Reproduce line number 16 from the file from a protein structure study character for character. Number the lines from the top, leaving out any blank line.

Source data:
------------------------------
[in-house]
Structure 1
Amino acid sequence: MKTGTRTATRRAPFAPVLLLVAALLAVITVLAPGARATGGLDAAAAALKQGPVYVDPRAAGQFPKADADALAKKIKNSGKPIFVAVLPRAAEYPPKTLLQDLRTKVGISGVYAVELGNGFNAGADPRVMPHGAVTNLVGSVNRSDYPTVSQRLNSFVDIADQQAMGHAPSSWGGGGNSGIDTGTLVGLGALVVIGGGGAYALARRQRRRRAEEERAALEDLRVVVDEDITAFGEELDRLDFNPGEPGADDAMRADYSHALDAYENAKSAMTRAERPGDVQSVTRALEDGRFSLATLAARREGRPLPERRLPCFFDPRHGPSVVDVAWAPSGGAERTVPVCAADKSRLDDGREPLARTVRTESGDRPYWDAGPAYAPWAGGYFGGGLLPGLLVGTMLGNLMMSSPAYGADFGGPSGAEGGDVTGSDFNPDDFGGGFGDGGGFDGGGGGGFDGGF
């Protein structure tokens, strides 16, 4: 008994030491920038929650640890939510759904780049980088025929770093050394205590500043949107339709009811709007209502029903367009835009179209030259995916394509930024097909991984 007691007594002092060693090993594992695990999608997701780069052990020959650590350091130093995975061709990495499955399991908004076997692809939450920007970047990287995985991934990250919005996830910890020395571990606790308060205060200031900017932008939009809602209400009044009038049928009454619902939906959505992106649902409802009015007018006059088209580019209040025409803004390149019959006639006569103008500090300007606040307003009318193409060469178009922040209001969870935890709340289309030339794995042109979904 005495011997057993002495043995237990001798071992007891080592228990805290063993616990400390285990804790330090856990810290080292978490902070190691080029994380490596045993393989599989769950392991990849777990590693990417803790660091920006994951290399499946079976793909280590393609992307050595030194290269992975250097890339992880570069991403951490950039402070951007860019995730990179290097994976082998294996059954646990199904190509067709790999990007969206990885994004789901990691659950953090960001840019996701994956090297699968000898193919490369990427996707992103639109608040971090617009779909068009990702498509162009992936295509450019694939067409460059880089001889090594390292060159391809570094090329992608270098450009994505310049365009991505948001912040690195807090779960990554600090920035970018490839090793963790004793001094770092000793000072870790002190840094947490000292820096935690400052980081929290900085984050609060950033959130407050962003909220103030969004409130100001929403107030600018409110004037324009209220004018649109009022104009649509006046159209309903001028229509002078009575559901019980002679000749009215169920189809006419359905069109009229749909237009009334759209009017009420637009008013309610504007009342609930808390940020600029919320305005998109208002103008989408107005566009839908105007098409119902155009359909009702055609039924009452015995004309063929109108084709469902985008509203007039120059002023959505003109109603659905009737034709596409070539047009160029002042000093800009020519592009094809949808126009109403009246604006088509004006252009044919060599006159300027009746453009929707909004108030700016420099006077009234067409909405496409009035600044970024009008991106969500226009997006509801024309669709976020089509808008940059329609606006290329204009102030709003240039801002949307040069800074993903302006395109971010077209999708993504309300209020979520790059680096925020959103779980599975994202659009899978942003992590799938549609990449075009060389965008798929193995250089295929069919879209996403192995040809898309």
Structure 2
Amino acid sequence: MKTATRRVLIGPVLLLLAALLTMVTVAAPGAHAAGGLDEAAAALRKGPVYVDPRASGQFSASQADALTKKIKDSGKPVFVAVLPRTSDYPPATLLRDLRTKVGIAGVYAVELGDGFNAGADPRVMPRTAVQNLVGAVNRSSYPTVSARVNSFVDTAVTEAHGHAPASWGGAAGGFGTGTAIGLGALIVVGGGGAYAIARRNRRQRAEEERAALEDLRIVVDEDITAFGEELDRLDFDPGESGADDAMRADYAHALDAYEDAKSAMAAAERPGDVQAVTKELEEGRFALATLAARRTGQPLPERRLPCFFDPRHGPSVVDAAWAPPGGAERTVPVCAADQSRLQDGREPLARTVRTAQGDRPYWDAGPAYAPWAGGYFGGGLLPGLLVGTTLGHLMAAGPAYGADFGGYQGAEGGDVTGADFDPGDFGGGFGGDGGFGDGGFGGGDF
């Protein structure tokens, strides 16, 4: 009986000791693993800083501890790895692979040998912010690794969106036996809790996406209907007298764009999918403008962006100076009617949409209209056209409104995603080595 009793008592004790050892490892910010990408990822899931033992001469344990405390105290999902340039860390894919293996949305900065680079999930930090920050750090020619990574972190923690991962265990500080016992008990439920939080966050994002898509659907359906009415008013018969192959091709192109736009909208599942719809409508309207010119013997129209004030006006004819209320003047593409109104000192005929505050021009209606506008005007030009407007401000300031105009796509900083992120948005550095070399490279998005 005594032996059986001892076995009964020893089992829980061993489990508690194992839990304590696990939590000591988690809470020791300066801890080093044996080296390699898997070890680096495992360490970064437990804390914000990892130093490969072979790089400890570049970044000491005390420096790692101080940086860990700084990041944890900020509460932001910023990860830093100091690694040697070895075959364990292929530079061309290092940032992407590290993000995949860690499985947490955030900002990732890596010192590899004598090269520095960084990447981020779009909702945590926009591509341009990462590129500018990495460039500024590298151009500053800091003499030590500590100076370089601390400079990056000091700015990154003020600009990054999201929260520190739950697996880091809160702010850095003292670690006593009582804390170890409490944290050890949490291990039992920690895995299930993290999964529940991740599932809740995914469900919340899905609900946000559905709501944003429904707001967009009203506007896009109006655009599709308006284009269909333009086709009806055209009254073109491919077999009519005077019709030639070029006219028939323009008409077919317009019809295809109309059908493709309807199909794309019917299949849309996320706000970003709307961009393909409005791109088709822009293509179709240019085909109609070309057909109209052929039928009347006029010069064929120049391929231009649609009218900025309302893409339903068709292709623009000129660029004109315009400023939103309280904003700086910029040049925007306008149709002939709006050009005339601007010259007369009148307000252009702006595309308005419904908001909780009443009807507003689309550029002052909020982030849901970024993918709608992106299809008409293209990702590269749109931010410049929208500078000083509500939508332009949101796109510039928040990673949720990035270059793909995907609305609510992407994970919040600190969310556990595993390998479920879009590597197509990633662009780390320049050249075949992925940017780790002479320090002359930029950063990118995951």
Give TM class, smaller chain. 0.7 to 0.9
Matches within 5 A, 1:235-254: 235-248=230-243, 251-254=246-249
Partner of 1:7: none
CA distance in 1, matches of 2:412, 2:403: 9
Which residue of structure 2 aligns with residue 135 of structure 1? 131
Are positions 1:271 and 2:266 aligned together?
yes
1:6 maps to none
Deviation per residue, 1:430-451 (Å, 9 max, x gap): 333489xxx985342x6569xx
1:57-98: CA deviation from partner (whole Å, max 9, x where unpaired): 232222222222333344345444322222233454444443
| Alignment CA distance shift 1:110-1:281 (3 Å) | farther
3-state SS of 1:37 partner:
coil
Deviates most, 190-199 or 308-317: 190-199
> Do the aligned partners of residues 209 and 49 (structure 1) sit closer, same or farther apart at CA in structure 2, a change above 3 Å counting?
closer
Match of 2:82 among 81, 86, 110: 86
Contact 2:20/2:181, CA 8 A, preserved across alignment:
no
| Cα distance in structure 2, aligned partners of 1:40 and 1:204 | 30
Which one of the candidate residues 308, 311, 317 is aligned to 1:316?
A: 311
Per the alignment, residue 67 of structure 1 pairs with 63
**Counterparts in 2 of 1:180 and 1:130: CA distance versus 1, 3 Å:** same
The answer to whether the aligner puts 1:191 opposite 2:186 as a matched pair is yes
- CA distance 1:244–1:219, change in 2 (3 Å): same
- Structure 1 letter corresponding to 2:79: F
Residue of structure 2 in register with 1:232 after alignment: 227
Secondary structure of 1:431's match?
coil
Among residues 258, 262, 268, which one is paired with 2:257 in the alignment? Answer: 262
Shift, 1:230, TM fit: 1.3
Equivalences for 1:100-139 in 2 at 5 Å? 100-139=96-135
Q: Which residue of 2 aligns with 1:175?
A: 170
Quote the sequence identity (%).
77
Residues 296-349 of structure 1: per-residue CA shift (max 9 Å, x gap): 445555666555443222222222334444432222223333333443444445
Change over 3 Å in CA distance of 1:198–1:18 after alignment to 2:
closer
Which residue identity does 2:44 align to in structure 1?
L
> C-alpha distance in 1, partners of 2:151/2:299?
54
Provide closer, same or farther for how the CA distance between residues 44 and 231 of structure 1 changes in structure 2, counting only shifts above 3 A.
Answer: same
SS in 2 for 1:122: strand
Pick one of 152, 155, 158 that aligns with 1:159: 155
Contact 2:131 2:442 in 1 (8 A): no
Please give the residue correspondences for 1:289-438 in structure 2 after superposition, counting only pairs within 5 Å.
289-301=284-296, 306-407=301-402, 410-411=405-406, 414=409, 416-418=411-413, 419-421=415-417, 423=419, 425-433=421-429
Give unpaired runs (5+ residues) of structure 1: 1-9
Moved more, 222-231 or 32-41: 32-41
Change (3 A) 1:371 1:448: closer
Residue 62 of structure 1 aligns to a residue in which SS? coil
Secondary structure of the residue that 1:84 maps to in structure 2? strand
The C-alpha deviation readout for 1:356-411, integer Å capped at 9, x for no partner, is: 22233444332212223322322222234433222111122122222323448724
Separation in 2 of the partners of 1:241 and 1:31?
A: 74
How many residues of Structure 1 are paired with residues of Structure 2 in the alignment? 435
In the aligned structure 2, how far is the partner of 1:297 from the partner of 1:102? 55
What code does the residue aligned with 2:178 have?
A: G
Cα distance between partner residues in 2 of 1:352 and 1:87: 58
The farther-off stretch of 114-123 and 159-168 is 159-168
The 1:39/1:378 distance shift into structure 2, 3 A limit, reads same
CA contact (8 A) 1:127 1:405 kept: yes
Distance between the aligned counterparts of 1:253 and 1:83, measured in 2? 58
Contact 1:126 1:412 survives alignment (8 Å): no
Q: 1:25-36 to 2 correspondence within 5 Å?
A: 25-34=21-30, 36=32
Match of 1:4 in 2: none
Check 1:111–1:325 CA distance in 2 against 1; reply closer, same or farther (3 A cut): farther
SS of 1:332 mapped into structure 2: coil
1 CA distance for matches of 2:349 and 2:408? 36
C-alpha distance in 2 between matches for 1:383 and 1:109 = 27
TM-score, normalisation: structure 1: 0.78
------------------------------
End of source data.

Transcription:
Deviation per residue, 1:430-451 (Å, 9 max, x gap): 333489xxx985342x6569xx